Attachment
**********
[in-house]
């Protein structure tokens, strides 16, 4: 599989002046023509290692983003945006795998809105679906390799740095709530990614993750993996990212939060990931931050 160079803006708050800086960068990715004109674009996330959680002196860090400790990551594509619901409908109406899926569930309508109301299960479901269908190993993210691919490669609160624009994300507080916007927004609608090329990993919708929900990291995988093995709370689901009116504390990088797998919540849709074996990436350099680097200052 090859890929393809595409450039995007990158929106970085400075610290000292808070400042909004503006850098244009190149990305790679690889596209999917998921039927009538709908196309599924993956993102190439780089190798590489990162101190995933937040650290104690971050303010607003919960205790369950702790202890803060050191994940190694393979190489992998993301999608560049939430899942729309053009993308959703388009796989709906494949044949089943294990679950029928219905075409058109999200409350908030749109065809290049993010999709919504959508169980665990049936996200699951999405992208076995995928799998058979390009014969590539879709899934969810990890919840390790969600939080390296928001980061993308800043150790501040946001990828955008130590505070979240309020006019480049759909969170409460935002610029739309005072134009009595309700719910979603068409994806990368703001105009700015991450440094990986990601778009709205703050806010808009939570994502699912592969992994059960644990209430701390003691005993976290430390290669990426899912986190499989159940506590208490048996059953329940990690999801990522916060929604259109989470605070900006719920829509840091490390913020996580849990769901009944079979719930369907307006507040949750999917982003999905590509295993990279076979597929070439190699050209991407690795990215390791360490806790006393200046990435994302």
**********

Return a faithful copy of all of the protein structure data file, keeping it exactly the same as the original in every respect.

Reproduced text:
[in-house]
């Protein structure tokens, strides 16, 4: 599989002046023509290692983003945006795998809105679906390799740095709530990614993750993996990212939060990931931050 160079803006708050800086960068990715004109674009996330959680002196860090400790990551594509619901409908109406899926569930309508109301299960479901269908190993993210691919490669609160624009994300507080916007927004609608090329990993919708929900990291995988093995709370689901009116504390990088797998919540849709074996990436350099680097200052 090859890929393809595409450039995007990158929106970085400075610290000292808070400042909004503006850098244009190149990305790679690889596209999917998921039927009538709908196309599924993956993102190439780089190798590489990162101190995933937040650290104690971050303010607003919960205790369950702790202890803060050191994940190694393979190489992998993301999608560049939430899942729309053009993308959703388009796989709906494949044949089943294990679950029928219905075409058109999200409350908030749109065809290049993010999709919504959508169980665990049936996200699951999405992208076995995928799998058979390009014969590539879709899934969810990890919840390790969600939080390296928001980061993308800043150790501040946001990828955008130590505070979240309020006019480049759909969170409460935002610029739309005072134009009595309700719910979603068409994806990368703001105009700015991450440094990986990601778009709205703050806010808009939570994502699912592969992994059960644990209430701390003691005993976290430390290669990426899912986190499989159940506590208490048996059953329940990690999801990522916060929604259109989470605070900006719920829509840091490390913020996580849990769901009944079979719930369907307006507040949750999917982003999905590509295993990279076979597929070439190699050209991407690795990215390791360490806790006393200046990435994302």